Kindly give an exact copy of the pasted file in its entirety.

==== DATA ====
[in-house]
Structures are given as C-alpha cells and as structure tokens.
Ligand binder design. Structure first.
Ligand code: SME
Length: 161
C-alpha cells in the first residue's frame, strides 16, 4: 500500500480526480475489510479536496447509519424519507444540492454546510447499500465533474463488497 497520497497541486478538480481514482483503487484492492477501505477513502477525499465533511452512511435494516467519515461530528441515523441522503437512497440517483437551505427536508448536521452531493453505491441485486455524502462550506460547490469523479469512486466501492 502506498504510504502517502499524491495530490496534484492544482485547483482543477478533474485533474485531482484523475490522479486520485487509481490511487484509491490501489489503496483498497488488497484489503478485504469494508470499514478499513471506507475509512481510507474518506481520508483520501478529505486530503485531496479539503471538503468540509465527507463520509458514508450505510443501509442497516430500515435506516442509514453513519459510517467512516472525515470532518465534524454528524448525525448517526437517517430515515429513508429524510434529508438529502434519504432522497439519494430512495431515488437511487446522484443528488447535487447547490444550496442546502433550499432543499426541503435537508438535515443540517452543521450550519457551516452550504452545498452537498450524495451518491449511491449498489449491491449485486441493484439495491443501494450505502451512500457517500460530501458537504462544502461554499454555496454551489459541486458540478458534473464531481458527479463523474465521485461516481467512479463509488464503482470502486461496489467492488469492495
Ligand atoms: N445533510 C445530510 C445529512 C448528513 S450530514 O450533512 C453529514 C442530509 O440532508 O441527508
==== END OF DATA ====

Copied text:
[in-house]
Structures are given as C-alpha cells and as structure tokens.
Ligand binder design. Structure first.
Ligand code: SME
Length: 161
C-alpha cells in the first residue's frame, strides 16, 4: 500500500480526480475489510479536496447509519424519507444540492454546510447499500465533474463488497 497520497497541486478538480481514482483503487484492492477501505477513502477525499465533511452512511435494516467519515461530528441515523441522503437512497440517483437551505427536508448536521452531493453505491441485486455524502462550506460547490469523479469512486466501492 502506498504510504502517502499524491495530490496534484492544482485547483482543477478533474485533474485531482484523475490522479486520485487509481490511487484509491490501489489503496483498497488488497484489503478485504469494508470499514478499513471506507475509512481510507474518506481520508483520501478529505486530503485531496479539503471538503468540509465527507463520509458514508450505510443501509442497516430500515435506516442509514453513519459510517467512516472525515470532518465534524454528524448525525448517526437517517430515515429513508429524510434529508438529502434519504432522497439519494430512495431515488437511487446522484443528488447535487447547490444550496442546502433550499432543499426541503435537508438535515443540517452543521450550519457551516452550504452545498452537498450524495451518491449511491449498489449491491449485486441493484439495491443501494450505502451512500457517500460530501458537504462544502461554499454555496454551489459541486458540478458534473464531481458527479463523474465521485461516481467512479463509488464503482470502486461496489467492488469492495
Ligand atoms: N445533510 C445530510 C445529512 C448528513 S450530514 O450533512 C453529514 C442530509 O440532508 O441527508